As the government imposed a weekend-long curfew in Serbia in a bid to control the growing number of coronavirus cases in their country, angered citizens took to the streets in Belgrade on Tuesday evening to protest the decision, The Guardian reported.
Per the article, thousands of people thronged the parliament building in the capital city, chanting anti-government slogans against the strict lockdown, which Serbian President Aleksandar Vucic announced on Tuesday.
The protest was initially peaceful before a group of people tried entering the parliament building. As a result, the police intervened and started using force and tear gas to disperse the crowd -- a move that turned the protest into a violent encounter between the law enforcement agencies and the people.
According to a police spokesperson, protesters threw rocks, bottles, and other objects at officers deployed at the site and also set several vehicles ablaze. Some 17 protesters and 43 police personnel were injured during the protest, while about 23 people were taken into custody, the report detailed.As reported by the Serbian regional web portal European Western Balkans, Serbians were angry because of the situation created by the government in relation to the lockdown rules. To contain the growing number of COVID-19 cases in Eastern-European countries, Serbia imposed a lockdown in early March.
In the last week of May, however -- a few weeks ahead of the June 21 parliamentary election that was won by Vucic's Serbian Progressive Party -- the government suddenly lifted all lockdown restrictions, announcing that the virus had weakened in the country.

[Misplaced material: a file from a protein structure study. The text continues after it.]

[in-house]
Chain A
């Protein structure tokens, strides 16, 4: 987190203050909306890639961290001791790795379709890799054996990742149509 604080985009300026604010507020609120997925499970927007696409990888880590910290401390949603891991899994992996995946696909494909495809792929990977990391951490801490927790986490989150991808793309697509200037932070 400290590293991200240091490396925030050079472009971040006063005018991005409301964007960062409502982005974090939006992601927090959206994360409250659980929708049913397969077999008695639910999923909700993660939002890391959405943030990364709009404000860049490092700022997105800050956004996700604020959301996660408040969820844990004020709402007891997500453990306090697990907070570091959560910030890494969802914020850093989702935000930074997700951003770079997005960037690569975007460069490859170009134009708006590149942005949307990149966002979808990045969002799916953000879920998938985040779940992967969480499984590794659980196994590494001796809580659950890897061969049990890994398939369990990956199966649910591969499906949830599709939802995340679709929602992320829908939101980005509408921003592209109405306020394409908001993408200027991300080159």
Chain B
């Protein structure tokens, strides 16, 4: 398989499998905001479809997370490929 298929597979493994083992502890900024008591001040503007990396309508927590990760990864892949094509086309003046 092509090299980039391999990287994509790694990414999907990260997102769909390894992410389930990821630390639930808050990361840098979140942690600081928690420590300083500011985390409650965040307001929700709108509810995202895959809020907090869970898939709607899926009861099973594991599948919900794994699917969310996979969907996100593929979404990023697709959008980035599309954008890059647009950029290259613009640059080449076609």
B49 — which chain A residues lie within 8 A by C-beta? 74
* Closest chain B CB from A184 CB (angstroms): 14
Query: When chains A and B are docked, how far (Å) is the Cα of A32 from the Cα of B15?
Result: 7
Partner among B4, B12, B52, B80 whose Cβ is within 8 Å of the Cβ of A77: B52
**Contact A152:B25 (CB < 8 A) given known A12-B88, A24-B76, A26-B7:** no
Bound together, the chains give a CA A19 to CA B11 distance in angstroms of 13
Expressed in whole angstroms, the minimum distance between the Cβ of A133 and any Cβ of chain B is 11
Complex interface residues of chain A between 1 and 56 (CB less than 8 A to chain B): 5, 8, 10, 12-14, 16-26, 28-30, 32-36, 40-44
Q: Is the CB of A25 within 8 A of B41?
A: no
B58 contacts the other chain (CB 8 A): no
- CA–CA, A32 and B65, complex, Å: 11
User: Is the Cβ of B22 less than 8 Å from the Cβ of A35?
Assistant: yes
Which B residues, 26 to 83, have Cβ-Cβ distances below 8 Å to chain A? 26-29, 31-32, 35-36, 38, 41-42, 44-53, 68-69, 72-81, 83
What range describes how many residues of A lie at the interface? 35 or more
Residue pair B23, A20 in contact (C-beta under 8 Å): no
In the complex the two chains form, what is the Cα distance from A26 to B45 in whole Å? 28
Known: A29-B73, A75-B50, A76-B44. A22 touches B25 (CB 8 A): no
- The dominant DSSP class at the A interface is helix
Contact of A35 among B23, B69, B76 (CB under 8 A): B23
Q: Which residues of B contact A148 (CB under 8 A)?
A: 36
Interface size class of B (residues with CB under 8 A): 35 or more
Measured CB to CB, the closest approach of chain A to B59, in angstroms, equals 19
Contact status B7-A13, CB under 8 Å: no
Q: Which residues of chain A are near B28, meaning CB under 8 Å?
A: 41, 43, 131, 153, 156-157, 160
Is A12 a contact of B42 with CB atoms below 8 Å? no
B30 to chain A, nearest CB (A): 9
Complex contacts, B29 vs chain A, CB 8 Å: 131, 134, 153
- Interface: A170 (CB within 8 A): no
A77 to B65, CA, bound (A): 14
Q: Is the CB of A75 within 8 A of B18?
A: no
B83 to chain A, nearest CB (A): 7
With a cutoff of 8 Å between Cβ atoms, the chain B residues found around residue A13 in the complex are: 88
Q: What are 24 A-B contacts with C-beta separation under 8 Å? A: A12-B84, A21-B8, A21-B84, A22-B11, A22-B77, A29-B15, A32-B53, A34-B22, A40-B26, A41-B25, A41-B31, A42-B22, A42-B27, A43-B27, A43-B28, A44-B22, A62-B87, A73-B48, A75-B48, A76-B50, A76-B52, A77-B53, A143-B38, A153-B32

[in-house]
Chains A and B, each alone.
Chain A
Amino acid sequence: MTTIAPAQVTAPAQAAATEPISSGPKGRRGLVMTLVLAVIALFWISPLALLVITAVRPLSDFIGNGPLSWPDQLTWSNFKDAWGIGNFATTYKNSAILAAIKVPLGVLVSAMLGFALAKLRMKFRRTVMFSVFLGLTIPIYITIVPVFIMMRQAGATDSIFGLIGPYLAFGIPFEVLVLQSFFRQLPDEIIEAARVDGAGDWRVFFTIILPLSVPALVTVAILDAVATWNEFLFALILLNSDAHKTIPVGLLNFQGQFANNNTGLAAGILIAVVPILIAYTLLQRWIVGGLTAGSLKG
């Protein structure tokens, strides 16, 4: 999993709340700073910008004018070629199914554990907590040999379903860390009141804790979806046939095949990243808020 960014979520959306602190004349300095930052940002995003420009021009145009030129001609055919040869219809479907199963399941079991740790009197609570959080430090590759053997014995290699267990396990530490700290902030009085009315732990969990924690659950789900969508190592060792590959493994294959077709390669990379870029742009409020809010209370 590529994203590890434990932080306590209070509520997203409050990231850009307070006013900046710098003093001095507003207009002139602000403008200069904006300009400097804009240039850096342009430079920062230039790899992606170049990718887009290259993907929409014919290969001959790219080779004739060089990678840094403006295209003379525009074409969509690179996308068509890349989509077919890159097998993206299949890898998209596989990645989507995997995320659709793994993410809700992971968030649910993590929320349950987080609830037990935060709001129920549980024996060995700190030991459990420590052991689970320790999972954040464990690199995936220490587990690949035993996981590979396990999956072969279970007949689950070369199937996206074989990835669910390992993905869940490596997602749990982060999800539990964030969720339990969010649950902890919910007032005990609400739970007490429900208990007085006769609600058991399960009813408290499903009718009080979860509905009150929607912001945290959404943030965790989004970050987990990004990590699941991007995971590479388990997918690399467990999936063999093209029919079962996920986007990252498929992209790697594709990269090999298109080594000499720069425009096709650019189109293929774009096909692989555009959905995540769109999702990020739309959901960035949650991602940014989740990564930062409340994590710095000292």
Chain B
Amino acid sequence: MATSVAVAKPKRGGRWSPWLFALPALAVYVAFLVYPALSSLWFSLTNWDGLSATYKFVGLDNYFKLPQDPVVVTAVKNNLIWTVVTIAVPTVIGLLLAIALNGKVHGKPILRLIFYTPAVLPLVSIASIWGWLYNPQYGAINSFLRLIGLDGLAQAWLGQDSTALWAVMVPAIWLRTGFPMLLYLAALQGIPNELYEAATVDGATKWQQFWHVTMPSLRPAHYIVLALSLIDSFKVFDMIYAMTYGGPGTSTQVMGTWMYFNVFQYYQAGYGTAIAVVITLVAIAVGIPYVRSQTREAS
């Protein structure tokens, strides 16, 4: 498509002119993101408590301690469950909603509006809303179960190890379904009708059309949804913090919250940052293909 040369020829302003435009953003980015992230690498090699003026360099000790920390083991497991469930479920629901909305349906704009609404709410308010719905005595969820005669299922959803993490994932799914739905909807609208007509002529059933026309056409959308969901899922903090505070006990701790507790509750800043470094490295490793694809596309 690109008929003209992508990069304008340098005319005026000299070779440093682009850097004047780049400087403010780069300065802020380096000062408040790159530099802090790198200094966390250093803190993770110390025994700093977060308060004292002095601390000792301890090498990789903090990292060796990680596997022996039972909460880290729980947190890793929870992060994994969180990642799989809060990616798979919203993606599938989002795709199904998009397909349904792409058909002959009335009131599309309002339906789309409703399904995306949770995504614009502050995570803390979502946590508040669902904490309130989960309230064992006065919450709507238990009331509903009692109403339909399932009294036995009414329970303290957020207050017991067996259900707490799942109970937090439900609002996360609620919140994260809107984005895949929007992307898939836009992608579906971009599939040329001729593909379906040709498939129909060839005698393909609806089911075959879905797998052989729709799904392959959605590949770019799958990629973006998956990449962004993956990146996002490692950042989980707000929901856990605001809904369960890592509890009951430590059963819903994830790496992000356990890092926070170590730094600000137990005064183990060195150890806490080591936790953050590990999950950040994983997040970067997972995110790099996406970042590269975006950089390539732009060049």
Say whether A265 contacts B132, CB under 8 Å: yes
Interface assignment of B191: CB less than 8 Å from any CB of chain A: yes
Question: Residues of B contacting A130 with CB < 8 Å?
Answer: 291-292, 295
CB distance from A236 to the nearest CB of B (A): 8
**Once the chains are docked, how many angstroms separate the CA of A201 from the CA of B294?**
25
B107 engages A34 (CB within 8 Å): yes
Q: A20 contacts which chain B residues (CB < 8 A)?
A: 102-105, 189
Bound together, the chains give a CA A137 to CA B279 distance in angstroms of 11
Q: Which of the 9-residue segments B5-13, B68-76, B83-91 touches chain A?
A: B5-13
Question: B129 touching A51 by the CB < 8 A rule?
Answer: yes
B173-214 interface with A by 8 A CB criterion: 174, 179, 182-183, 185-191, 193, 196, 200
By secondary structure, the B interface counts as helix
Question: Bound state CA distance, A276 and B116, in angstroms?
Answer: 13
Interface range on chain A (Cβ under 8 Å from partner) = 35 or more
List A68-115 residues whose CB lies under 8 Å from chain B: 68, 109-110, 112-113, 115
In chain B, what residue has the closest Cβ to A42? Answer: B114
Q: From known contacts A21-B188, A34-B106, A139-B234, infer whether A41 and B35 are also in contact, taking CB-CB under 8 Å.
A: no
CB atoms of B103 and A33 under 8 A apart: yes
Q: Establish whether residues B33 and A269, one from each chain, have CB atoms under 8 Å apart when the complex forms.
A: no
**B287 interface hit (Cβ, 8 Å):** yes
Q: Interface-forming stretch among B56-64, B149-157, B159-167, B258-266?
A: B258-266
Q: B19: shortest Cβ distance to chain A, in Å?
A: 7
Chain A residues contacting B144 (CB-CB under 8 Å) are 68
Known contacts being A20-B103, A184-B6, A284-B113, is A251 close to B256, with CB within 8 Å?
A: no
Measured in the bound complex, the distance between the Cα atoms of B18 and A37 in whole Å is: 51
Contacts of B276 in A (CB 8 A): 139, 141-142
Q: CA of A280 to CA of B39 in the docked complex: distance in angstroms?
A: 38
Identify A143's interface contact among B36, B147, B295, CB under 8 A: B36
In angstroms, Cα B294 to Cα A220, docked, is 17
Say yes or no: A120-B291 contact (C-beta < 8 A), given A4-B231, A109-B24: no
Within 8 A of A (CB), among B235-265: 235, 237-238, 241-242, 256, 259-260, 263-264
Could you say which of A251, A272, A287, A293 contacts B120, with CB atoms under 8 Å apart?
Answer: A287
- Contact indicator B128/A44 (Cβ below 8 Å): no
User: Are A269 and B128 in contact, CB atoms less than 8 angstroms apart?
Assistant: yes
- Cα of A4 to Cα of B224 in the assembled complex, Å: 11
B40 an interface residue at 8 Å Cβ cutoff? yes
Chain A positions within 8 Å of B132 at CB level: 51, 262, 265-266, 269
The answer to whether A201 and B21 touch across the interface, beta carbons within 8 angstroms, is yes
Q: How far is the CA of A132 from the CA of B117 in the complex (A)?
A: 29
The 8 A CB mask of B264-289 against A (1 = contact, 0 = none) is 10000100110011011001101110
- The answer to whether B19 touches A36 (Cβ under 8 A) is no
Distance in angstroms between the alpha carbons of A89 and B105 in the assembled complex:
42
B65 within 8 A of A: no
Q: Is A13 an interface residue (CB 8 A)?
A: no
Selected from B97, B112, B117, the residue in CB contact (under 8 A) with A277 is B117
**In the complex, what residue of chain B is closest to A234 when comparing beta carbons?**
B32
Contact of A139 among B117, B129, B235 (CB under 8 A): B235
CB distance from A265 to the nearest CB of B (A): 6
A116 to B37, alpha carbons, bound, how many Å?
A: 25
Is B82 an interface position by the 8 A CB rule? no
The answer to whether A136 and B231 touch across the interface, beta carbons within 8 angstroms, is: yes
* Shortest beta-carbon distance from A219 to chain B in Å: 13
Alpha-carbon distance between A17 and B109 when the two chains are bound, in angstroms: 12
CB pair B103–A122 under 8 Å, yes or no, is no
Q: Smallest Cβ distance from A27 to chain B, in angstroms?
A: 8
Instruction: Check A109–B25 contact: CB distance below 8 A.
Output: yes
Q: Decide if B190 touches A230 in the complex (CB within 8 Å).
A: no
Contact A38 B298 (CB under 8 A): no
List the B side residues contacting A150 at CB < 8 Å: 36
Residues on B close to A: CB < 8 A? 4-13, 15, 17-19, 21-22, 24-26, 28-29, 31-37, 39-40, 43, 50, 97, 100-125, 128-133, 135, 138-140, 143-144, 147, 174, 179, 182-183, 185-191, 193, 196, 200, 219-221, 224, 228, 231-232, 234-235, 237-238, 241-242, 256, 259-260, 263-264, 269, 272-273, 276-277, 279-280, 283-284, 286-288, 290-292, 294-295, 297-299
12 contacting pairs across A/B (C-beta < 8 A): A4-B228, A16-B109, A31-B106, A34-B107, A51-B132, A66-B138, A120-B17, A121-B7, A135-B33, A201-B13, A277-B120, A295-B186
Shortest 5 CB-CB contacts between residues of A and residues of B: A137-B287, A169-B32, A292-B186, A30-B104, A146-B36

Sixteen days after the election, Vucic announced that a strict lockdown must be imposed again as the number of COVID-19 cases had surged in the country. According to the article, some local investigative media reports revealed that the government had deliberately eased the lockdown for the election and had concealed the actual number of coronavirus cases and deaths from the public.
Speaking with the prime ministers of Slovenia and Hungary during an online panel on Wednesday morning, Vucic said that he had refused to impose a complete lockdown in the country a week ago. He did not mention anything related to the protest that had taken place on Tuesday evening.
"Seven days ago I thought to impose once again lockdown in the entire country," Vucic said, as quoted by The Guardian.
"If we would have done that, we would have no chance to survive economically, and we need to live with this, we need to take all precautionary measures but we need to keep on working very hard, just to protect our business community and our workers."